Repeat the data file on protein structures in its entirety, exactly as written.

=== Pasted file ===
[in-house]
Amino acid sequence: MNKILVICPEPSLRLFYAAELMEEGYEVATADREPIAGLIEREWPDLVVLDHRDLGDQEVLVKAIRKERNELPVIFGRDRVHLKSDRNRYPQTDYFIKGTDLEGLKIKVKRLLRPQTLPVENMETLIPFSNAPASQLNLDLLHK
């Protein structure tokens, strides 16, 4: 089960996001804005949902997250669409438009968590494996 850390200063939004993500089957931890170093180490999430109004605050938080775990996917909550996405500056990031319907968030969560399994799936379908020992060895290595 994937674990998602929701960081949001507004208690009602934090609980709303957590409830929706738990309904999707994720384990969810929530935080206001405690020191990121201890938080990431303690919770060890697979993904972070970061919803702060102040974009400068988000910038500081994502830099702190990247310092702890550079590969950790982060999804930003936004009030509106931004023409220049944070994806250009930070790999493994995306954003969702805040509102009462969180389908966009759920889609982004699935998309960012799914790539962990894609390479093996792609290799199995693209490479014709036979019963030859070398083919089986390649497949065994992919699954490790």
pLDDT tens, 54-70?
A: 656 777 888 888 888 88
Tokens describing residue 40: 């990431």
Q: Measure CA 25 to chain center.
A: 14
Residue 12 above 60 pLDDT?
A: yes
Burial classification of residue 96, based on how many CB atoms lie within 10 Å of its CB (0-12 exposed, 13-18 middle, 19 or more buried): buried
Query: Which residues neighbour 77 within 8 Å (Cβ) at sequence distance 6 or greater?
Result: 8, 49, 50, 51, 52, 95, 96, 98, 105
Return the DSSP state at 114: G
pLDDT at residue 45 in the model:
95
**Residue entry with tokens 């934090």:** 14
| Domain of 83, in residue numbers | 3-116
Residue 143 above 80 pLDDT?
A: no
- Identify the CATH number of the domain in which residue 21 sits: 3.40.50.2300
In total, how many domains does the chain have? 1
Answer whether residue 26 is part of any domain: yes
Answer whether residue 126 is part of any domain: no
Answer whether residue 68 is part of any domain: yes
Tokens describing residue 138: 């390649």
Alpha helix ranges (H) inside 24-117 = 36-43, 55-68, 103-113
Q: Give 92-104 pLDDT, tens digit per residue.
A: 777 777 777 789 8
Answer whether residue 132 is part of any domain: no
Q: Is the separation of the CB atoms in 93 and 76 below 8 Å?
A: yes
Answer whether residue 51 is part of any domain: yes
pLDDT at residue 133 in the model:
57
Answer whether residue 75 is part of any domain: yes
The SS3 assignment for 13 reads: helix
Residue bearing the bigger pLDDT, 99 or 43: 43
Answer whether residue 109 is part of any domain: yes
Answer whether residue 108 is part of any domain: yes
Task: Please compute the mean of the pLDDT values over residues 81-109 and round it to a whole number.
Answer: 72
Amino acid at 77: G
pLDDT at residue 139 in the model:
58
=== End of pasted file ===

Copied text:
[in-house]
Amino acid sequence: MNKILVICPEPSLRLFYAAELMEEGYEVATADREPIAGLIEREWPDLVVLDHRDLGDQEVLVKAIRKERNELPVIFGRDRVHLKSDRNRYPQTDYFIKGTDLEGLKIKVKRLLRPQTLPVENMETLIPFSNAPASQLNLDLLHK
């Protein structure tokens, strides 16, 4: 089960996001804005949902997250669409438009968590494996 850390200063939004993500089957931890170093180490999430109004605050938080775990996917909550996405500056990031319907968030969560399994799936379908020992060895290595 994937674990998602929701960081949001507004208690009602934090609980709303957590409830929706738990309904999707994720384990969810929530935080206001405690020191990121201890938080990431303690919770060890697979993904972070970061919803702060102040974009400068988000910038500081994502830099702190990247310092702890550079590969950790982060999804930003936004009030509106931004023409220049944070994806250009930070790999493994995306954003969702805040509102009462969180389908966009759920889609982004699935998309960012799914790539962990894609390479093996792609290799199995693209490479014709036979019963030859070398083919089986390649497949065994992919699954490790």
pLDDT tens, 54-70?
A: 656 777 888 888 888 88
Tokens describing residue 40: 């990431």
Q: Measure CA 25 to chain center.
A: 14
Residue 12 above 60 pLDDT?
A: yes
Burial classification of residue 96, based on how many CB atoms lie within 10 Å of its CB (0-12 exposed, 13-18 middle, 19 or more buried): buried
Query: Which residues neighbour 77 within 8 Å (Cβ) at sequence distance 6 or greater?
Result: 8, 49, 50, 51, 52, 95, 96, 98, 105
Return the DSSP state at 114: G
pLDDT at residue 45 in the model:
95
**Residue entry with tokens 């934090």:** 14
| Domain of 83, in residue numbers | 3-116
Residue 143 above 80 pLDDT?
A: no
- Identify the CATH number of the domain in which residue 21 sits: 3.40.50.2300
In total, how many domains does the chain have? 1
Answer whether residue 26 is part of any domain: yes
Answer whether residue 126 is part of any domain: no
Answer whether residue 68 is part of any domain: yes
Tokens describing residue 138: 């390649």
Alpha helix ranges (H) inside 24-117 = 36-43, 55-68, 103-113
Q: Give 92-104 pLDDT, tens digit per residue.
A: 777 777 777 789 8
Answer whether residue 132 is part of any domain: no
Q: Is the separation of the CB atoms in 93 and 76 below 8 Å?
A: yes
Answer whether residue 51 is part of any domain: yes
pLDDT at residue 133 in the model:
57
Answer whether residue 75 is part of any domain: yes
The SS3 assignment for 13 reads: helix
Residue bearing the bigger pLDDT, 99 or 43: 43
Answer whether residue 109 is part of any domain: yes
Answer whether residue 108 is part of any domain: yes
Task: Please compute the mean of the pLDDT values over residues 81-109 and round it to a whole number.
Answer: 72
Amino acid at 77: G
pLDDT at residue 139 in the model:
58